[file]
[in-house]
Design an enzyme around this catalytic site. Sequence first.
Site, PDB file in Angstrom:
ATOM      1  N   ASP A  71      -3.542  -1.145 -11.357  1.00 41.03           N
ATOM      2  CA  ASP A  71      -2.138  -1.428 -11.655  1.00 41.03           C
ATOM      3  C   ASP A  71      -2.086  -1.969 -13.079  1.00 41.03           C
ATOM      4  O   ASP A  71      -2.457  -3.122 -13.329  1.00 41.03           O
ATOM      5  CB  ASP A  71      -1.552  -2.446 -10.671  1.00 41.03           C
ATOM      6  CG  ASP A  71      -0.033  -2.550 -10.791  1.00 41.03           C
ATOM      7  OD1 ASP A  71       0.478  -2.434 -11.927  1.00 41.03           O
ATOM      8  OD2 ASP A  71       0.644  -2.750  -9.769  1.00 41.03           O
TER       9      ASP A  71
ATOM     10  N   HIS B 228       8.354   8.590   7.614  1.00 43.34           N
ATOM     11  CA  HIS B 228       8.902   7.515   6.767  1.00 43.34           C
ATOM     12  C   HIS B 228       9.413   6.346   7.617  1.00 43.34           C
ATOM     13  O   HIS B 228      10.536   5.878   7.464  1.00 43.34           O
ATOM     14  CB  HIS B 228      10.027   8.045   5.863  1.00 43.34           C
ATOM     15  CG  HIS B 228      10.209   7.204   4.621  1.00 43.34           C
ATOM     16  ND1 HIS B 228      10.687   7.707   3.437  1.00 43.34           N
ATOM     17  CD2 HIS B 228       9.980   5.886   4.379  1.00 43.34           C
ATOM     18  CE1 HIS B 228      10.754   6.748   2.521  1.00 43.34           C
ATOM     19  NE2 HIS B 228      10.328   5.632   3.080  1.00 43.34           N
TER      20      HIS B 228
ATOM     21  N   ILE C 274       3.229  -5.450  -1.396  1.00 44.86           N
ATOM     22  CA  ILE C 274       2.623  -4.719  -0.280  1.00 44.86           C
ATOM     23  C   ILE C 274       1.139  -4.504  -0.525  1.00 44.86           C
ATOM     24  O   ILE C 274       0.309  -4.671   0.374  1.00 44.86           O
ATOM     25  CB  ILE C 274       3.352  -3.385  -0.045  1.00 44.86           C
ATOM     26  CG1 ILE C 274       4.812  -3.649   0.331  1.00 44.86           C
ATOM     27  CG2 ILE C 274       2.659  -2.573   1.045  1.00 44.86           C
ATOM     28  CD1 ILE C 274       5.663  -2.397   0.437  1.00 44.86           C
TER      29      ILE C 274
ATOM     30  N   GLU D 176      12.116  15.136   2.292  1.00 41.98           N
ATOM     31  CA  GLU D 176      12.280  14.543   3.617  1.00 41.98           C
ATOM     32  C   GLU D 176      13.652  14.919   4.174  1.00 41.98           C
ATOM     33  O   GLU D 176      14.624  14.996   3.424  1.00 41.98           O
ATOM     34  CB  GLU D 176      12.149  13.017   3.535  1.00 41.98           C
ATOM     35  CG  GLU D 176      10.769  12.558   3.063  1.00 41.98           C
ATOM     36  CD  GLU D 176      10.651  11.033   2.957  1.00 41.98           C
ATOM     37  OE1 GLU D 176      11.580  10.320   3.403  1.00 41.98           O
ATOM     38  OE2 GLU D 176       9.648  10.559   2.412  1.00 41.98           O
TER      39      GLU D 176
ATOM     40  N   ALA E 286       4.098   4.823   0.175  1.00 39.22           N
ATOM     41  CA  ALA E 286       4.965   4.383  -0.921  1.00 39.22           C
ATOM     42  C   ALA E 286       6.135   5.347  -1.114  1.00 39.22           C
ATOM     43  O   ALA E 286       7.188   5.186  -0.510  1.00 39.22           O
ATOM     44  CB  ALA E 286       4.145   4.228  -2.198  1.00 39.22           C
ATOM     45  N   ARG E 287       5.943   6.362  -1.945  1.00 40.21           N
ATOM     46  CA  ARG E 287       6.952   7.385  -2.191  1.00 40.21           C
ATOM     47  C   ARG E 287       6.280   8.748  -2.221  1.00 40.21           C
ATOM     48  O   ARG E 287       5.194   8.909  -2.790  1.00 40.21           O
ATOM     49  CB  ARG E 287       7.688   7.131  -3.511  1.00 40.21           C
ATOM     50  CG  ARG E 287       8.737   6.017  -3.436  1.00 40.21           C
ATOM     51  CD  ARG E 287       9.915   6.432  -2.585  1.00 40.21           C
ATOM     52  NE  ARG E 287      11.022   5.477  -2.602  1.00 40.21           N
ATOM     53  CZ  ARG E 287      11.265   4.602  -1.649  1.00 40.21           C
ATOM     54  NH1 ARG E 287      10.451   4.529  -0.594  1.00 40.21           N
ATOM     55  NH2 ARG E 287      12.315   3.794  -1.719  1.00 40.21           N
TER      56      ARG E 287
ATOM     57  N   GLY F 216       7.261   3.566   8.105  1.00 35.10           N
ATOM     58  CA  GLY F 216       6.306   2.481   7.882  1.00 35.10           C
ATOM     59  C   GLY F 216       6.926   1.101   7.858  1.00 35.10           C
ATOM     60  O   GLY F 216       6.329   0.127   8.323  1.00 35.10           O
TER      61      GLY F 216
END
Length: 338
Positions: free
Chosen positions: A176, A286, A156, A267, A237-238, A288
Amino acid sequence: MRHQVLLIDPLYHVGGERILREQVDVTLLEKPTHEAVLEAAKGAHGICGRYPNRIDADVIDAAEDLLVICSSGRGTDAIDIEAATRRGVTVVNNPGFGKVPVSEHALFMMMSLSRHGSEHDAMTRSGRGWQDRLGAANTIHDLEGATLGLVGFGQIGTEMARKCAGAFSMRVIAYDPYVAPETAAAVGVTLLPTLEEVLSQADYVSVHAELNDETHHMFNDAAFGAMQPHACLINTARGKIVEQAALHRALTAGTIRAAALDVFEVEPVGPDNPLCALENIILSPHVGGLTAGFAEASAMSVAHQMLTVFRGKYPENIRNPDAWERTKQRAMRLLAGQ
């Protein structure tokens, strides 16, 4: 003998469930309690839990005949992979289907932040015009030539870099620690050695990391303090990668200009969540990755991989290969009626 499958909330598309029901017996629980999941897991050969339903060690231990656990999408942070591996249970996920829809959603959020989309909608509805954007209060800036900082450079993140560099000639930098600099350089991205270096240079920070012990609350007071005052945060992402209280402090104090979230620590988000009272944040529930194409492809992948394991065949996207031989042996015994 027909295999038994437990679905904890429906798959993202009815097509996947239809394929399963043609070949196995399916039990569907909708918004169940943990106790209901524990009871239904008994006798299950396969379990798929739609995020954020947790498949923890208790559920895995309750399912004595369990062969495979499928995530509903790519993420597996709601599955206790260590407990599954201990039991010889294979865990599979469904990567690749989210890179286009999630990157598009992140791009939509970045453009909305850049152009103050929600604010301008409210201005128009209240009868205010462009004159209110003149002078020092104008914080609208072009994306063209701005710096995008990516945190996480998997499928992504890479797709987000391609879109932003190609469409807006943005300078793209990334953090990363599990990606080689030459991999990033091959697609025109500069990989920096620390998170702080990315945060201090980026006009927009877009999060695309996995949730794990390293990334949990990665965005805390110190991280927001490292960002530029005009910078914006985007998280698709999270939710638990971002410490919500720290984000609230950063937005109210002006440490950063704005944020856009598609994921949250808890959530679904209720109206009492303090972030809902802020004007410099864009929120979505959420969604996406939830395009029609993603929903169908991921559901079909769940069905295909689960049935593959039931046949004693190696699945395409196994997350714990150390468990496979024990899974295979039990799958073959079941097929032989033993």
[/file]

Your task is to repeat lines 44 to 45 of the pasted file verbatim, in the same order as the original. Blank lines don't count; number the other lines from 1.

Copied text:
ATOM     41  CA  ALA E 286       4.965   4.383  -0.921  1.00 39.22           C
ATOM     42  C   ALA E 286       6.135   5.347  -1.114  1.00 39.22           C